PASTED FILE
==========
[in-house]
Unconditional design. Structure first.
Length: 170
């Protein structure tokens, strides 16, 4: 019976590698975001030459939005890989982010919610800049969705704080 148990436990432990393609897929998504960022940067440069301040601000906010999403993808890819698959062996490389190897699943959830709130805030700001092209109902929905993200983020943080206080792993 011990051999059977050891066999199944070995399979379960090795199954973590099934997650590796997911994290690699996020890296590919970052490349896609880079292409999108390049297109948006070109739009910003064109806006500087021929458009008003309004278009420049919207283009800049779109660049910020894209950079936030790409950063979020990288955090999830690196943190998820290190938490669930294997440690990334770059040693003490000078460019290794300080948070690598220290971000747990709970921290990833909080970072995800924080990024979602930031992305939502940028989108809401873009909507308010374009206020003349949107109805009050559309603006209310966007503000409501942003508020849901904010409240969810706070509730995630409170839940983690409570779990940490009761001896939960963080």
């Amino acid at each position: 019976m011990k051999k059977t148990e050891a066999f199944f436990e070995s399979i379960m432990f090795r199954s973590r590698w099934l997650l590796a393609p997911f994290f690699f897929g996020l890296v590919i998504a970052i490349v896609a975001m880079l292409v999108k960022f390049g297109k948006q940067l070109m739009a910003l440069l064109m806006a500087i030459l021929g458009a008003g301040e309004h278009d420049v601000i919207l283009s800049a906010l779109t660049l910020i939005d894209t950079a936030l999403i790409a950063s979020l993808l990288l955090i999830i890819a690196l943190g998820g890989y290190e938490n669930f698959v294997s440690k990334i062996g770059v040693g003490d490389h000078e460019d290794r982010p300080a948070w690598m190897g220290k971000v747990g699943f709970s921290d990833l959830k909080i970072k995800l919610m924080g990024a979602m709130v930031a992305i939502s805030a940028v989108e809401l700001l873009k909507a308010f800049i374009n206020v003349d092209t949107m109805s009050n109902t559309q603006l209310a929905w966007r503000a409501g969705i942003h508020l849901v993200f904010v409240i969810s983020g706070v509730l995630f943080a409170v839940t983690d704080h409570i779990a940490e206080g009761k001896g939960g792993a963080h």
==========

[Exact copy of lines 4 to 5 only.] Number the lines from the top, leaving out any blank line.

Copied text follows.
């Protein structure tokens, strides 16, 4: 019976590698975001030459939005890989982010919610800049969705704080 148990436990432990393609897929998504960022940067440069301040601000906010999403993808890819698959062996490389190897699943959830709130805030700001092209109902929905993200983020943080206080792993 011990051999059977050891066999199944070995399979379960090795199954973590099934997650590796997911994290690699996020890296590919970052490349896609880079292409999108390049297109948006070109739009910003064109806006500087021929458009008003309004278009420049919207283009800049779109660049910020894209950079936030790409950063979020990288955090999830690196943190998820290190938490669930294997440690990334770059040693003490000078460019290794300080948070690598220290971000747990709970921290990833909080970072995800924080990024979602930031992305939502940028989108809401873009909507308010374009206020003349949107109805009050559309603006209310966007503000409501942003508020849901904010409240969810706070509730995630409170839940983690409570779990940490009761001896939960963080």
């Amino acid at each position: 019976m011990k051999k059977t148990e050891a066999f199944f436990e070995s399979i379960m432990f090795r199954s973590r590698w099934l997650l590796a393609p997911f994290f690699f897929g996020l890296v590919i998504a970052i490349v896609a975001m880079l292409v999108k960022f390049g297109k948006q940067l070109m739009a910003l440069l064109m806006a500087i030459l021929g458009a008003g301040e309004h278009d420049v601000i919207l283009s800049a906010l779109t660049l910020i939005d894209t950079a936030l999403i790409a950063s979020l993808l990288l955090i999830i890819a690196l943190g998820g890989y290190e938490n669930f698959v294997s440690k990334i062996g770059v040693g003490d490389h000078e460019d290794r982010p300080a948070w690598m190897g220290k971000v747990g699943f709970s921290d990833l959830k909080i970072k995800l919610m924080g990024a979602m709130v930031a992305i939502s805030a940028v989108e809401l700001l873009k909507a308010f800049i374009n206020v003349d092209t949107m109805s009050n109902t559309q603006l209310a929905w966007r503000a409501g969705i942003h508020l849901v993200f904010v409240i969810s983020g706070v509730l995630f943080a409170v839940t983690d704080h409570i779990a940490e206080g009761k001896g939960g792993a963080h």